Elphine Kerubo Marube v. Jefferson Sessions III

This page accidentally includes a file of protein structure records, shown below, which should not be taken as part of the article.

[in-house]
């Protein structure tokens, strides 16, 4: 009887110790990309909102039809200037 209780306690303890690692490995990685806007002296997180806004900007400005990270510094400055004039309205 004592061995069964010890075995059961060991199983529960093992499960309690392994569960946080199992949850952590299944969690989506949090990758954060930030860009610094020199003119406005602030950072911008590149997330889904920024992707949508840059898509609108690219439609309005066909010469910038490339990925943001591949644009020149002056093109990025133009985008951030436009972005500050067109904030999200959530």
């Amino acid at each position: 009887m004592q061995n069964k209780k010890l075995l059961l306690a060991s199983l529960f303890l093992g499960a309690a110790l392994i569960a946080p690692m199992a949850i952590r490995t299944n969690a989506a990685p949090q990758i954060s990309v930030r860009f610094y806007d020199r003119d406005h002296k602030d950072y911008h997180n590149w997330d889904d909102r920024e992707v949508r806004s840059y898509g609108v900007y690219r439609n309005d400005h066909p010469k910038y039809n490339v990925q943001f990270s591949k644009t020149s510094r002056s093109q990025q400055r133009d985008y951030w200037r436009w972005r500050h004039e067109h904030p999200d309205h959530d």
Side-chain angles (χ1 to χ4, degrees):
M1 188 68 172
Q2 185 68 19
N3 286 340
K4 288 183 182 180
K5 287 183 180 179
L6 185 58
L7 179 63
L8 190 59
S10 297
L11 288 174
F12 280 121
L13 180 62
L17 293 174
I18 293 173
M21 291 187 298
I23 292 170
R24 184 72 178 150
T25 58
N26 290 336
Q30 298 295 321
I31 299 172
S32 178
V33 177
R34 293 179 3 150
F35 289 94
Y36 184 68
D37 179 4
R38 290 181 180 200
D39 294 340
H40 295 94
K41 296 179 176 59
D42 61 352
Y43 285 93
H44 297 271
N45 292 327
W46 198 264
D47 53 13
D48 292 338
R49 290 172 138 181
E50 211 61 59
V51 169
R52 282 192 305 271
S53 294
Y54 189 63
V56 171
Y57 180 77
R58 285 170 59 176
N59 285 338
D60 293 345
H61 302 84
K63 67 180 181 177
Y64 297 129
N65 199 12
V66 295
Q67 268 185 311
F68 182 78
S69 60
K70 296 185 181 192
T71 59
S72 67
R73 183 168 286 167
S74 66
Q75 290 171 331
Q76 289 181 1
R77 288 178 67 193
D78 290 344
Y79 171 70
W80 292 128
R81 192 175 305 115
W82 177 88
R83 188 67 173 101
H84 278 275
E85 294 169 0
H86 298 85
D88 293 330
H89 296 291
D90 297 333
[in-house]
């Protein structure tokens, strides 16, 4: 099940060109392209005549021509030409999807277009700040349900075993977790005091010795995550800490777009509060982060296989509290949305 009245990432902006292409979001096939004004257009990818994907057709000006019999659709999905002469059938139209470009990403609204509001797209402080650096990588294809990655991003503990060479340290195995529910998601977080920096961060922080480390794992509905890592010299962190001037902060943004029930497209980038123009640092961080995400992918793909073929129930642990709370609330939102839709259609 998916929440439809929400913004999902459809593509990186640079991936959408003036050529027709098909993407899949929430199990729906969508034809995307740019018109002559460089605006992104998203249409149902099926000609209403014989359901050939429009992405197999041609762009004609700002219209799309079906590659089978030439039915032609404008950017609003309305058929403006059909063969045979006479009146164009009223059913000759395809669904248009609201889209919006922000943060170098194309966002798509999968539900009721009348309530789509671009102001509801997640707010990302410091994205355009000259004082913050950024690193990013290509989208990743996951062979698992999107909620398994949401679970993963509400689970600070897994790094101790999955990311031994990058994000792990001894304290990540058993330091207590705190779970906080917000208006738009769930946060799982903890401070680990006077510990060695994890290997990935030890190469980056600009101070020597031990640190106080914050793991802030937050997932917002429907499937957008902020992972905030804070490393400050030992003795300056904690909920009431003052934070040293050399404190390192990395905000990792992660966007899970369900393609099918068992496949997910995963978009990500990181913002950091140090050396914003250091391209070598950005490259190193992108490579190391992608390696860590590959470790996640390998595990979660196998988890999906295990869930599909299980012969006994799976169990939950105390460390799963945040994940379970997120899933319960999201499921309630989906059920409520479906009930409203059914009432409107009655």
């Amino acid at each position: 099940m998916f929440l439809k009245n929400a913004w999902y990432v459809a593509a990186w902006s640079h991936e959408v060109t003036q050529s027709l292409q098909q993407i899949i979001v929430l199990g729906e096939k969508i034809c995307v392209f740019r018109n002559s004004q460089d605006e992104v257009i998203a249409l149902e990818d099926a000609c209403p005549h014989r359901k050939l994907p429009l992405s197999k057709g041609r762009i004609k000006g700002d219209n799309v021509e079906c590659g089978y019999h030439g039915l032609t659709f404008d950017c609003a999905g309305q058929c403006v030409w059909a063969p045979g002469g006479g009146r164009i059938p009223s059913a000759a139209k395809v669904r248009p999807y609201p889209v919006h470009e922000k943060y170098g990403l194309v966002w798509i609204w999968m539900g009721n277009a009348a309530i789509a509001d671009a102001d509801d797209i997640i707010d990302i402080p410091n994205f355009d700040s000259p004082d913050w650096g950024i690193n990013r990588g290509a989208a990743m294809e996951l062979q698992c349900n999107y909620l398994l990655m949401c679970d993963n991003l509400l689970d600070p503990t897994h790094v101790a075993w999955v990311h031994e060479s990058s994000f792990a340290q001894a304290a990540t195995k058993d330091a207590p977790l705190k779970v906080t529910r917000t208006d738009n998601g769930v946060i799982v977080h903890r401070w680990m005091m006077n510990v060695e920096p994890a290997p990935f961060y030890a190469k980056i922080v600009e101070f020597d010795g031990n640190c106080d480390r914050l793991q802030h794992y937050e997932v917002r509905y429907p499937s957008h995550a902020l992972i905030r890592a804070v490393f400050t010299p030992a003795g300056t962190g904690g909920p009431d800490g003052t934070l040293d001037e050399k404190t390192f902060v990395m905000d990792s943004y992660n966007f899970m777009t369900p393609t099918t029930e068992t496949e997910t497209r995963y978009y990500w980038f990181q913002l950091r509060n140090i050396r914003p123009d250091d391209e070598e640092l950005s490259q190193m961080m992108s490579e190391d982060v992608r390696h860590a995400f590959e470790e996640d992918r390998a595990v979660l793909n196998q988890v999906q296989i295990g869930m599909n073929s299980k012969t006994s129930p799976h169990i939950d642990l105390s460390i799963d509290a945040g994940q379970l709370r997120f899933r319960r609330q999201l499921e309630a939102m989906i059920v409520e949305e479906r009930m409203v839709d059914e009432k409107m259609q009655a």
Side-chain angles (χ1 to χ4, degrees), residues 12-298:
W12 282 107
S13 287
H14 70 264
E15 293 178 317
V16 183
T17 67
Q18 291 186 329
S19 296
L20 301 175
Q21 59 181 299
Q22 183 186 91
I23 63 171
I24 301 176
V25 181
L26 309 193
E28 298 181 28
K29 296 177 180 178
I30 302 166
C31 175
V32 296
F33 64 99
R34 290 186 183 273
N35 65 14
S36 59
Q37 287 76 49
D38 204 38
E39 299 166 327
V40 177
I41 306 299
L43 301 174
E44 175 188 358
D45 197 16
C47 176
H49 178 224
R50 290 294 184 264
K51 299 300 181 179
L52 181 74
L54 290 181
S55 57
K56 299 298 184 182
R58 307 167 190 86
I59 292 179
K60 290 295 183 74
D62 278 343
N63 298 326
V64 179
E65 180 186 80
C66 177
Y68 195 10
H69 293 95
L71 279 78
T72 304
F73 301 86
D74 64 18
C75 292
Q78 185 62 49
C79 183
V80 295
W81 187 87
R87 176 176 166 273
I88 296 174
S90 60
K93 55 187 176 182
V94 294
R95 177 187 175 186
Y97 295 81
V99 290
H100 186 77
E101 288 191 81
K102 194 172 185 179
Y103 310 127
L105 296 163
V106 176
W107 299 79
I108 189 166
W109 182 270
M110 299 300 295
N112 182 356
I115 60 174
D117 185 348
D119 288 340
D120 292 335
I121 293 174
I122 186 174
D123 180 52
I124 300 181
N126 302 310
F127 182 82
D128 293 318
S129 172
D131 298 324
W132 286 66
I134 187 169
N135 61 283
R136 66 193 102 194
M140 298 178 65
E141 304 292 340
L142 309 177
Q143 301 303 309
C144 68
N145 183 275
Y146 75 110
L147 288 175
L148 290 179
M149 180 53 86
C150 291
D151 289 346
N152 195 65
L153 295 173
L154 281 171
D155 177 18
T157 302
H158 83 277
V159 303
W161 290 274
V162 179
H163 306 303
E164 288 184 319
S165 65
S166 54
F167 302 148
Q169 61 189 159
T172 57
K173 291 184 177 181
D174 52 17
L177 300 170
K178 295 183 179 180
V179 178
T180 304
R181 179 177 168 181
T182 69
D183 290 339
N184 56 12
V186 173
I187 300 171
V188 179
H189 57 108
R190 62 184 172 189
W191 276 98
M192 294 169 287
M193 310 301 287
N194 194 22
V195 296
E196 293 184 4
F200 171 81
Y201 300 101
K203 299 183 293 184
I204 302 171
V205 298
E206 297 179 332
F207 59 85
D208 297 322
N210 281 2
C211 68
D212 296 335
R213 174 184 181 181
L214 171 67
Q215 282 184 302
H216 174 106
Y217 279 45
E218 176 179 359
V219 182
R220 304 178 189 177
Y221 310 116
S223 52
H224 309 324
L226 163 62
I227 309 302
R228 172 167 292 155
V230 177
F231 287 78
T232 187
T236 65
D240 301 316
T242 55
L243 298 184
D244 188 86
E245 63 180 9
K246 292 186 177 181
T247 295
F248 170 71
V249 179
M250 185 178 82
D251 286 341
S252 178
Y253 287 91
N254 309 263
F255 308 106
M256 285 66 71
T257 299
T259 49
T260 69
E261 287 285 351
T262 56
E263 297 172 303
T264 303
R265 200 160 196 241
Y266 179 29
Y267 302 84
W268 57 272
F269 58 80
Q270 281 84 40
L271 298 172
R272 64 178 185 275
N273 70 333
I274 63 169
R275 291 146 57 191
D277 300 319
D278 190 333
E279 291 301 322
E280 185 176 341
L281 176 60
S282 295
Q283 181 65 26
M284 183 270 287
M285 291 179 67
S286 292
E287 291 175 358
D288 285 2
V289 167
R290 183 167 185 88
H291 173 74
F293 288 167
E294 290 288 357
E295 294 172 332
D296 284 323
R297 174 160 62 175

UNPUBLISHED UNITED STATES COURT OF APPEALS FOR THE FOURTH CIRCUIT No. 17-1898 ELPHINE KERUBO MARUBE, Petitioner, v. JEFFERSON B. SESSIONS III, Attorney General, Respondent. On Petition for Review of an Order of the Board of Immigration Appeals. Submitted: January 25, 2018 Decided: February 16, 2018 Before TRAXLER, KEENAN, and THACKER, Circuit Judges. Petition granted and remanded by unpublished per curiam opinion. Japheth N. Matemu, MATEMU LAW OFFICE P.C., Raleigh, North Carolina, for Petitioner. Chad A. Readler, Acting Assistant Attorney General, Anthony P. Nicastro, Assistant Director, Vanessa M. Otero, Trial Attorney, Office of Immigration Litigation, UNITED STATES DEPARTMENT OF JUSTICE, Washington, D.C., for Respondent. Unpublished opinions are not binding precedent in this circuit. PER CURIAM: Elphine Kerubo Marube, a native and citizen of Kenya, petitions for review of an order of the Board of Immigration Appeals (Board) dismissing her appeal from the immigration judge’s decision denying her motion for a continuance and ordering her removed to Kenya. For the reasons set forth below, we grant the petition for review. On appeal, Marube argues that the immigration judge abused his discretion in denying her motion for a continuance solely based on the length of time it is taking the Department of Homeland Security (DHS) to adjudicate her husband’s I-130 Petition for Alien Relative. She further argues that the immigration judge departed from the factors set forth in In re Hashmi, 24 I. & N. Dec. 785 (B.I.A. 2009), in denying her motion and that she was deprived of a full and fair hearing in violation of her rights to due process. An immigration judge “may grant a continuance for good cause shown.” 8 C.F.R. § 1003.29 (2017). We review the denial of a motion for a continuance for abuse of discretion. Lendo v. Gonzales, 493 F.3d 439, 441 (4th Cir. 2007); Onyeme v. INS, 146 F.3d 227, 231 (4th Cir. 1998). “[W]e must uphold the [immigration judge’s] denial of a continuance ‘unless it was made without a rational explanation, it inexplicably departed from established policies, or it rested on an impermissible basis, e.g., invidious discrimination against a particular race or group.’” Lendo, 493 F.3d at 441 (quoting Onyeme, 146 F.3d at 231). When deciding a motion to continue for the purpose of allowing an I-130 petition to be adjudicated by the DHS, the immigration judge should consider: (1) the Attorney General’s response; (2) prima facie approvability of the visa petition; (3) statutory 2 eligibility for adjustment of status; (4) whether the application for adjustment of status warrants a favorable exercise of discretion; and (5) the reason for the continuance and other procedural factors. In re Hashmi, 24 I. & N. Dec. at 790. The immigration judge “should articulate, balance, and explain all these relevant factors, and any others that may be applicable, in deciding whether to grant . . . a continuance . . . to adjudicate the I-130 or, alternatively, to proceed with the case despite the pendency of the visa petition.” Id. at 794. “Adjudication of a motion to continue ...

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